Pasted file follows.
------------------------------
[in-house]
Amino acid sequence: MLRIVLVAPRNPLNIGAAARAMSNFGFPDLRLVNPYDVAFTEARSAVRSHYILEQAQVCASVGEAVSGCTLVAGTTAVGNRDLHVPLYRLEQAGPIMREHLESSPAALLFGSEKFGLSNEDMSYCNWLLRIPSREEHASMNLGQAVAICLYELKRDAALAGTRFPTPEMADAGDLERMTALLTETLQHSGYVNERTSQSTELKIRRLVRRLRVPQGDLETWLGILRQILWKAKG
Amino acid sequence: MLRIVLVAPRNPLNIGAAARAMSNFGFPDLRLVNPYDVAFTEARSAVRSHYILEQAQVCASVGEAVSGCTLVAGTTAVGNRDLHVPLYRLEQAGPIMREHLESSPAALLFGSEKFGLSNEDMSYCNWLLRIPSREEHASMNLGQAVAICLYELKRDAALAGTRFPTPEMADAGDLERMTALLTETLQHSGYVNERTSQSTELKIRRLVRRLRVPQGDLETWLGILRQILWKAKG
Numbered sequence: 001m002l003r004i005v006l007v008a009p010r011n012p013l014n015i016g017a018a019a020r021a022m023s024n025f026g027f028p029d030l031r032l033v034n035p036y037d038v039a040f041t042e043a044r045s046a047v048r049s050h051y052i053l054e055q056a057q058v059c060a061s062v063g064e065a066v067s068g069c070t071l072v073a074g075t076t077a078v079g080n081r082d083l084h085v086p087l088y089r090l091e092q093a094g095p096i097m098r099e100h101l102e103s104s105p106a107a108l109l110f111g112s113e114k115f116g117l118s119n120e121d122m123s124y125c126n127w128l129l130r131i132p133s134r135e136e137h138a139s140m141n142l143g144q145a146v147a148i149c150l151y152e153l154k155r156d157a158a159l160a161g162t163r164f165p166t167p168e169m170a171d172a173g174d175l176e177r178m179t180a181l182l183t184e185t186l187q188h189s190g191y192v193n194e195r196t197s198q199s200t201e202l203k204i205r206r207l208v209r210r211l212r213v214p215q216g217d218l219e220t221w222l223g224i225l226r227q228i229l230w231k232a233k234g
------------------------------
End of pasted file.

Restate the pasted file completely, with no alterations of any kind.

[in-house]
Amino acid sequence: MLRIVLVAPRNPLNIGAAARAMSNFGFPDLRLVNPYDVAFTEARSAVRSHYILEQAQVCASVGEAVSGCTLVAGTTAVGNRDLHVPLYRLEQAGPIMREHLESSPAALLFGSEKFGLSNEDMSYCNWLLRIPSREEHASMNLGQAVAICLYELKRDAALAGTRFPTPEMADAGDLERMTALLTETLQHSGYVNERTSQSTELKIRRLVRRLRVPQGDLETWLGILRQILWKAKG
Amino acid sequence: MLRIVLVAPRNPLNIGAAARAMSNFGFPDLRLVNPYDVAFTEARSAVRSHYILEQAQVCASVGEAVSGCTLVAGTTAVGNRDLHVPLYRLEQAGPIMREHLESSPAALLFGSEKFGLSNEDMSYCNWLLRIPSREEHASMNLGQAVAICLYELKRDAALAGTRFPTPEMADAGDLERMTALLTETLQHSGYVNERTSQSTELKIRRLVRRLRVPQGDLETWLGILRQILWKAKG
Numbered sequence: 001m002l003r004i005v006l007v008a009p010r011n012p013l014n015i016g017a018a019a020r021a022m023s024n025f026g027f028p029d030l031r032l033v034n035p036y037d038v039a040f041t042e043a044r045s046a047v048r049s050h051y052i053l054e055q056a057q058v059c060a061s062v063g064e065a066v067s068g069c070t071l072v073a074g075t076t077a078v079g080n081r082d083l084h085v086p087l088y089r090l091e092q093a094g095p096i097m098r099e100h101l102e103s104s105p106a107a108l109l110f111g112s113e114k115f116g117l118s119n120e121d122m123s124y125c126n127w128l129l130r131i132p133s134r135e136e137h138a139s140m141n142l143g144q145a146v147a148i149c150l151y152e153l154k155r156d157a158a159l160a161g162t163r164f165p166t167p168e169m170a171d172a173g174d175l176e177r178m179t180a181l182l183t184e185t186l187q188h189s190g191y192v193n194e195r196t197s198q199s200t201e202l203k204i205r206r207l208v209r210r211l212r213v214p215q216g217d218l219e220t221w222l223g224i225l226r227q228i229l230w231k232a233k234g